Like suddenly life has no meaning and everything feels like shit, and I can’t remember why I’m still upright. I feel like I just don’t give a shit.


The last time I had a doc (I’m a grad student in a state far from “home,” remember?), I told him all of this. That’s when he answered with these famous words: “I think that’s a little beyond family practice. Maybe you need to talk to a psychiatrist.”

That was about 3 years ago.

I’m on anti-depressants now. They work. Trust me. About 2 months ago, while low on cash, I started running out of my pills. So I started lowering my dose in order to make ’em stretch. Whatever, right? Yeah well, I’m walkin’ across this parking lot just after the end of church, and suddenly this thought pops into my head. “I should kill myself.”

Now, tell me that isn’t effed up. I wasn’t depressed or upset before or anything. Just, out of the blue.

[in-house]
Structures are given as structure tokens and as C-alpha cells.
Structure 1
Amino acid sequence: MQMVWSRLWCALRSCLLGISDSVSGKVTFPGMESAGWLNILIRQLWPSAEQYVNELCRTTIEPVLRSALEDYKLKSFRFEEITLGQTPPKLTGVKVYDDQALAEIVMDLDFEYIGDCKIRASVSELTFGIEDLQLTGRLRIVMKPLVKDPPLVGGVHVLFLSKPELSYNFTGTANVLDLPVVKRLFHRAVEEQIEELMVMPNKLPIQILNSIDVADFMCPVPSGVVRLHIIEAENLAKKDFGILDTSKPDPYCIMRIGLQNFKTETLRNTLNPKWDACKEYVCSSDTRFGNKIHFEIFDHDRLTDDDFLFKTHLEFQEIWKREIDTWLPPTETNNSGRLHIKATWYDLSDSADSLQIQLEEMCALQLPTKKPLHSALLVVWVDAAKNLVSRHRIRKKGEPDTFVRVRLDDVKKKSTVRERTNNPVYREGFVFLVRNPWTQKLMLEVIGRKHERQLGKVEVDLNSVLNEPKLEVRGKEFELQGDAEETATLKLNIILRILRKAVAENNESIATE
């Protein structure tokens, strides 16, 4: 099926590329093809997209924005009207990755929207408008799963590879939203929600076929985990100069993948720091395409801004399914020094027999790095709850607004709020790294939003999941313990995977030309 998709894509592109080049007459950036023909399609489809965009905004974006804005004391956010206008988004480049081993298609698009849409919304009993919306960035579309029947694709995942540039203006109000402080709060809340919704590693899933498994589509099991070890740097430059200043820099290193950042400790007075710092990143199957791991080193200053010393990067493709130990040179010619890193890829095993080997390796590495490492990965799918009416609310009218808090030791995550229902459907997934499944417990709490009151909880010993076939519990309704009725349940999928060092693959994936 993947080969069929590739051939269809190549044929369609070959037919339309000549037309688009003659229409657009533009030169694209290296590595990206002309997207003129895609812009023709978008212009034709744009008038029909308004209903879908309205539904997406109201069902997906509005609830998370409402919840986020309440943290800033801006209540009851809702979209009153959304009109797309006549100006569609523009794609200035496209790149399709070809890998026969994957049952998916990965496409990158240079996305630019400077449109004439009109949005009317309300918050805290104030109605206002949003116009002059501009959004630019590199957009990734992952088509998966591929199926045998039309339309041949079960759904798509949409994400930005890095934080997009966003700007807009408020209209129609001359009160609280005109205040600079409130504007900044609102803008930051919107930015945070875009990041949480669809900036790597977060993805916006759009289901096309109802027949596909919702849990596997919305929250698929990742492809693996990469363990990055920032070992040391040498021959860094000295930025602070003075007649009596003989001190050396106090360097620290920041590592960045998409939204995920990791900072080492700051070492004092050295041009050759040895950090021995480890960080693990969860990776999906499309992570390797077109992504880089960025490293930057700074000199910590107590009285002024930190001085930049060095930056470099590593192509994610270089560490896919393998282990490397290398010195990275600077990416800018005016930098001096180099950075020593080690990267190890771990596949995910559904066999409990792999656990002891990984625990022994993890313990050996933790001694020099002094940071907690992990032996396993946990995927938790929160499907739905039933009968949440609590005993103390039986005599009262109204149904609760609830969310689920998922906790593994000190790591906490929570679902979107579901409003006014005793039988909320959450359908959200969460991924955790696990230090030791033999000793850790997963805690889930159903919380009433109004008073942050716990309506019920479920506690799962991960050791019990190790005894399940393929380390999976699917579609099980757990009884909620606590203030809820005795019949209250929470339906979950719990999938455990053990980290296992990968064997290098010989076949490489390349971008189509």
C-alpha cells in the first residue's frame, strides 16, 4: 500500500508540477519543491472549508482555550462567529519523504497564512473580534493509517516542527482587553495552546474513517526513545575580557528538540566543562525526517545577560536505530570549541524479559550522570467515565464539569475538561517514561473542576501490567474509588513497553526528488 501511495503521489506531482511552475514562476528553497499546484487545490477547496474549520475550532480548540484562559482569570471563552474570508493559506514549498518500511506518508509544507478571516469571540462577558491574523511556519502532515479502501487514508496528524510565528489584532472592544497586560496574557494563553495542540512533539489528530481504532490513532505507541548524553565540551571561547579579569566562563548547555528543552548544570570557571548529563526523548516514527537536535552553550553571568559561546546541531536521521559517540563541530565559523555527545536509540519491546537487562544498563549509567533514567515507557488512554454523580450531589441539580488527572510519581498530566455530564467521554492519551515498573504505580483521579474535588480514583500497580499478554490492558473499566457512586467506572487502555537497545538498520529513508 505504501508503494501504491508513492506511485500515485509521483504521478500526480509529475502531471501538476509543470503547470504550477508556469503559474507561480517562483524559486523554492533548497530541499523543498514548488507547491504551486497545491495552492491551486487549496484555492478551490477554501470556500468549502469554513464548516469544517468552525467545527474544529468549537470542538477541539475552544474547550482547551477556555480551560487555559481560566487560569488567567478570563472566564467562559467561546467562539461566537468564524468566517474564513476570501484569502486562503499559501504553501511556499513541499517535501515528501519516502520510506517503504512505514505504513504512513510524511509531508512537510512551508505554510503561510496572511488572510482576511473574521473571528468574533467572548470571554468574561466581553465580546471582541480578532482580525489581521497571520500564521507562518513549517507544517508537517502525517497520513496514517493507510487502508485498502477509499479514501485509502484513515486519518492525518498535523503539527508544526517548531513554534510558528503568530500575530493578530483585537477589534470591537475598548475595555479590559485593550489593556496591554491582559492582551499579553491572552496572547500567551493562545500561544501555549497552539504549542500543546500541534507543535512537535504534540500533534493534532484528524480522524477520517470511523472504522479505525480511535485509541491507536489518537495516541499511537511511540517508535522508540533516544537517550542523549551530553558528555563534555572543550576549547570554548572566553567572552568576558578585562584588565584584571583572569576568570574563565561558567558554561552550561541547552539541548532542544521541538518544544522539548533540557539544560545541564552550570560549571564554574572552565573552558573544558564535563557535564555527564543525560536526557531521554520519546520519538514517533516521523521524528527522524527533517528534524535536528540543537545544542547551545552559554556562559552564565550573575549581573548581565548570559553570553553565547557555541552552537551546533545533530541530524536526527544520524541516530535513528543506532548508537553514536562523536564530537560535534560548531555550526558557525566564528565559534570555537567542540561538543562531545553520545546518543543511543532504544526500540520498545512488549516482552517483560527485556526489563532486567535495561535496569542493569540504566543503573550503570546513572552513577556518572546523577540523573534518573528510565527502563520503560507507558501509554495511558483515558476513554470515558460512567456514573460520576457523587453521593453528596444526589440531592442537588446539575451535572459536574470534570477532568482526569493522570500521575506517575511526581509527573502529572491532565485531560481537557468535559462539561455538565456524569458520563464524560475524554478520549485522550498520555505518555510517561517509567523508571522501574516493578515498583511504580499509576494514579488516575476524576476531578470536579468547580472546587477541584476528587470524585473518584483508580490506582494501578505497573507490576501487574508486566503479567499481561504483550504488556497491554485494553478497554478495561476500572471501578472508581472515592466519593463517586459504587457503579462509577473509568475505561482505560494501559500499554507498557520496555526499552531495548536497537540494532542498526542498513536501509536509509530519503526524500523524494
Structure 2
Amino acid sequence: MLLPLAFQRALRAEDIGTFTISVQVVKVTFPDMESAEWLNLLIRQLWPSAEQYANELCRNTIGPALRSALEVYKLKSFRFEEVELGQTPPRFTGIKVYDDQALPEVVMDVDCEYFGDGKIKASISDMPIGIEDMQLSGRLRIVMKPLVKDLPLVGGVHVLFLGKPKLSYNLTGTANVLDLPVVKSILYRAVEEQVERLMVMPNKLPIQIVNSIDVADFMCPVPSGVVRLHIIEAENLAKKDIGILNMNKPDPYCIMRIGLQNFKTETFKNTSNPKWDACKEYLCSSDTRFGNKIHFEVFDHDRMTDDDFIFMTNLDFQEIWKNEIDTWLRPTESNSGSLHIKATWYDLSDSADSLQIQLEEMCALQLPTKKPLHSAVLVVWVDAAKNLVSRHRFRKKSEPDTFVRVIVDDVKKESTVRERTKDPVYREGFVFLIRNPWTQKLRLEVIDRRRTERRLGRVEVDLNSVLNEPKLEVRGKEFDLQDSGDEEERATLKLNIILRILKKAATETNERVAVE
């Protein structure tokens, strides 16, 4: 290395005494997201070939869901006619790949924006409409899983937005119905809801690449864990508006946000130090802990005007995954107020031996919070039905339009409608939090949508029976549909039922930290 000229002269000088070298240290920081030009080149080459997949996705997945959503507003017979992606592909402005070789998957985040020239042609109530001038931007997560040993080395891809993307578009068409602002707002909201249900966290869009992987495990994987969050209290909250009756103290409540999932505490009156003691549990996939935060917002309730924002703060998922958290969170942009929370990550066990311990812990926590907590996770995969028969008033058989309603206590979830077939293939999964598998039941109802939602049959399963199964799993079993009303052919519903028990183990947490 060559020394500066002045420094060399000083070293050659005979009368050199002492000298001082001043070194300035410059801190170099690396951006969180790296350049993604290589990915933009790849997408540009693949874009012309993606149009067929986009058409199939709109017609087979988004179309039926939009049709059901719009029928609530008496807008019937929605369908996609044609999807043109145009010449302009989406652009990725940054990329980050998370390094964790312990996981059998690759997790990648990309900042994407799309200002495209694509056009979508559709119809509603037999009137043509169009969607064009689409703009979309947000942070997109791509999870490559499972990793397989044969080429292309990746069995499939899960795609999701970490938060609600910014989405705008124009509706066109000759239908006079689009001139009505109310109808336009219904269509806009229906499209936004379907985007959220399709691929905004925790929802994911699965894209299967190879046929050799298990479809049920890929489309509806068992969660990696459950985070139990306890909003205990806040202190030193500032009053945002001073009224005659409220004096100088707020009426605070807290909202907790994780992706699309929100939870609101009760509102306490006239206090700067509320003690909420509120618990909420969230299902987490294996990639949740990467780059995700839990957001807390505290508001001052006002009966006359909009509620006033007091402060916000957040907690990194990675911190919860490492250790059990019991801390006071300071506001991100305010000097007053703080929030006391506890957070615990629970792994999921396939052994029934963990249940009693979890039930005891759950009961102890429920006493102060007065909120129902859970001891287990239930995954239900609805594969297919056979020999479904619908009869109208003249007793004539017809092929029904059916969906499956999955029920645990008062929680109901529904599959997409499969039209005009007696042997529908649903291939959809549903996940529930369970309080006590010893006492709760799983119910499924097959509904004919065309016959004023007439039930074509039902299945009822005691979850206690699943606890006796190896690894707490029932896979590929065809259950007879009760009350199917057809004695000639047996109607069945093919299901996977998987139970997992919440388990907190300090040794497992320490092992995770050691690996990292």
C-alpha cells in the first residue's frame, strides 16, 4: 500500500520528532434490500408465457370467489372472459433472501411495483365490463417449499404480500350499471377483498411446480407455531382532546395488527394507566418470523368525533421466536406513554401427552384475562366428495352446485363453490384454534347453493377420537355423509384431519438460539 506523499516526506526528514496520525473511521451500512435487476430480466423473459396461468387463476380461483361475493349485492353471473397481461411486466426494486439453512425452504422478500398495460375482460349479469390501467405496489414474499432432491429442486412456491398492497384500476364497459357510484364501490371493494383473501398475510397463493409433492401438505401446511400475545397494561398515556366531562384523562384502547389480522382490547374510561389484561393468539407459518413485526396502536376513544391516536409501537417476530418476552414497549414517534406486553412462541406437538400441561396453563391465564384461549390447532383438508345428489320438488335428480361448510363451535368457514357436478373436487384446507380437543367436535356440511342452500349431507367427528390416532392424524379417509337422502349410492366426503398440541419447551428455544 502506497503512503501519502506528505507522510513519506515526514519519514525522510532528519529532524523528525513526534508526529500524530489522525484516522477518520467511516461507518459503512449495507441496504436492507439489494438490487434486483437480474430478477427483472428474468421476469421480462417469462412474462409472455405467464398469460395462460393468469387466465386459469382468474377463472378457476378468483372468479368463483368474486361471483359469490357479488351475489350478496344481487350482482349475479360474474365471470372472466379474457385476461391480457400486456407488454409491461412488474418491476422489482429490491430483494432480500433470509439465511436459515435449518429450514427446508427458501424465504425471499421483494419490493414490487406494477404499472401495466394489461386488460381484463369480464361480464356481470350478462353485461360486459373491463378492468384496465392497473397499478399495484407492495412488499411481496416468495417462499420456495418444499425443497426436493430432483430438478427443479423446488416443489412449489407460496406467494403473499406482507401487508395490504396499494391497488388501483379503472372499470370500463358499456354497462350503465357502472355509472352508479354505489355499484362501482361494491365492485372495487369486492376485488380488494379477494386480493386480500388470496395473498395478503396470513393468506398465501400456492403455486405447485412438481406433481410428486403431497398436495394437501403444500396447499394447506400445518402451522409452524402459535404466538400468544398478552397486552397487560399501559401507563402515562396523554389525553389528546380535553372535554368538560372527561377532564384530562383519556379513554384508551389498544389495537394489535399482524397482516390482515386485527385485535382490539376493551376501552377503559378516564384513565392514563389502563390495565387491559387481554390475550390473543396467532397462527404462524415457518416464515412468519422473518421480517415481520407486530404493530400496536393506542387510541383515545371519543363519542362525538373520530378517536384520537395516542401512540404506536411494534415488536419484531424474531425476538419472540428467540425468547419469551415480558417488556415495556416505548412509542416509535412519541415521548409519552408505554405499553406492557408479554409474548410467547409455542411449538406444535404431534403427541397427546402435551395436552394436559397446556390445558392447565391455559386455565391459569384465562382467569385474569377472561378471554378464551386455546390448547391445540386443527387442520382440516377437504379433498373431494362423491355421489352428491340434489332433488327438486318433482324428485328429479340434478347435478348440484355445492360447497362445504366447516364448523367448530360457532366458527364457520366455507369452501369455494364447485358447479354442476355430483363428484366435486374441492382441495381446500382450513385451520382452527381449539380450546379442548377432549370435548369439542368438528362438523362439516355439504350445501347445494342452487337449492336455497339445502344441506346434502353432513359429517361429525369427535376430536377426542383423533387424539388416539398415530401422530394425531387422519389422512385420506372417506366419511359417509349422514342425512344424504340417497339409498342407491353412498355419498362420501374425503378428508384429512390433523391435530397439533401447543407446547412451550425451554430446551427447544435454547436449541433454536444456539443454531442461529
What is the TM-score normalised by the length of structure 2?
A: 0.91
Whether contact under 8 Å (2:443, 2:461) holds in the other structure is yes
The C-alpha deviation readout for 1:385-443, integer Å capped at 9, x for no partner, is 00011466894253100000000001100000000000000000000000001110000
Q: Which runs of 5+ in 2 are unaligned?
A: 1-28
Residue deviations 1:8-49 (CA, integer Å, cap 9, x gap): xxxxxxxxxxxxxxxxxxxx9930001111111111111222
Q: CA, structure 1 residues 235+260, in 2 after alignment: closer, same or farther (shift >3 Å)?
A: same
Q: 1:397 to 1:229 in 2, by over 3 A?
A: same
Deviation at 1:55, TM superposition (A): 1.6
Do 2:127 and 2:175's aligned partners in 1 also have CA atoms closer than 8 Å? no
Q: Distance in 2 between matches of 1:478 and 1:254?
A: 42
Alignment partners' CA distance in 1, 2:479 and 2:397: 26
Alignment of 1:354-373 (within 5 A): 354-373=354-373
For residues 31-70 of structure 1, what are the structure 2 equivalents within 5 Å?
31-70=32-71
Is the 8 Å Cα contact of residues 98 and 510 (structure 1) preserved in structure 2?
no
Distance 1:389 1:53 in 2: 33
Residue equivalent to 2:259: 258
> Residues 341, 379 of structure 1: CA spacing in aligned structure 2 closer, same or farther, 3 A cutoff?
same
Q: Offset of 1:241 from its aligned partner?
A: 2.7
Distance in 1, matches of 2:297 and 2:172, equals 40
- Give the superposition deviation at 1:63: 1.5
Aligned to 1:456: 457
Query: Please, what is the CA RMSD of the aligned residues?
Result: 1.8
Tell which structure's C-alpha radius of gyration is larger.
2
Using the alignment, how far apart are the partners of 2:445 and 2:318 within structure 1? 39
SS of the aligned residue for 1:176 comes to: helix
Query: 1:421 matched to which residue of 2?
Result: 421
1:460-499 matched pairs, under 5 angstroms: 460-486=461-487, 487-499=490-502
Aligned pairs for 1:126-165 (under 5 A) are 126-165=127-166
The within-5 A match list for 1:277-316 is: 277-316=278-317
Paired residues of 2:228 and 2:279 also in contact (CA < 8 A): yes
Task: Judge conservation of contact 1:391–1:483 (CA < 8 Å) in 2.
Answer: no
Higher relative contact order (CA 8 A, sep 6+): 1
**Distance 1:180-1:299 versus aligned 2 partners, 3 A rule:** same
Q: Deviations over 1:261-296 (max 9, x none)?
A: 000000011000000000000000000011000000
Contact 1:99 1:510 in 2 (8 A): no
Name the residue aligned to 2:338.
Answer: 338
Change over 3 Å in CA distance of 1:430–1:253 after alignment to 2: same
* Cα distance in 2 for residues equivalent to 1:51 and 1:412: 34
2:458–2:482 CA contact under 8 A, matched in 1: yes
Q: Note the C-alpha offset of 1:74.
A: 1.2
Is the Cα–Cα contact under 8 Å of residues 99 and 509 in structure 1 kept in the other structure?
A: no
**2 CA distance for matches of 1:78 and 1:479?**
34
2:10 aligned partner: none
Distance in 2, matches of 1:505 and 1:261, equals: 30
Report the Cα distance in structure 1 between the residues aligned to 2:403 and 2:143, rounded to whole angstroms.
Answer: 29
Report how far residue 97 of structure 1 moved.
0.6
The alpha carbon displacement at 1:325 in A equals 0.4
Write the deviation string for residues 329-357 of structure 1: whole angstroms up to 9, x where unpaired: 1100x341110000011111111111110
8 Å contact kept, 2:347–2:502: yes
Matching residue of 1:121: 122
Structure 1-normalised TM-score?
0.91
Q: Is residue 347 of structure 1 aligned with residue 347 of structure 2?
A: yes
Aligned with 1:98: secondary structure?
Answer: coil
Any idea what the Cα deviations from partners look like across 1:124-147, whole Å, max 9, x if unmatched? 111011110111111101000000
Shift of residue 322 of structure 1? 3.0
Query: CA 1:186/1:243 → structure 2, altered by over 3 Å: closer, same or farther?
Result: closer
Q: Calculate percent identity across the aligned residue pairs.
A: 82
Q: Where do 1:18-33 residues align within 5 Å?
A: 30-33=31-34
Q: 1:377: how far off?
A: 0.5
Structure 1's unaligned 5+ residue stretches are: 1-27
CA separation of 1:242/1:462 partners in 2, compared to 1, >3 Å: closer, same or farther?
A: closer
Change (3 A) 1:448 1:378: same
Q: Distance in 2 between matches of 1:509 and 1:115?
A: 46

I recognized the impulse was whack and managed to stay on at a higher level than usual until the feeling wore off.

This time, it’s gonna have to be the same thing. That, and I might eat, even though it’s kinda late (after 11 pm).

If that doesn’t work, I’ll just watch a Star Trek movie.

BTW, I found another post by someone experiencing the same thing. I might add that I find the comments by other people who said things like, “Well that’s odd because I feel wonderful after exercise!” really effing annoying.

Here’s another one called “Can Exercise Piss You Off?

May 31, 2008 Posted by | depression, sensory strangeness | , , | Leave a comment

How’d You–Huh?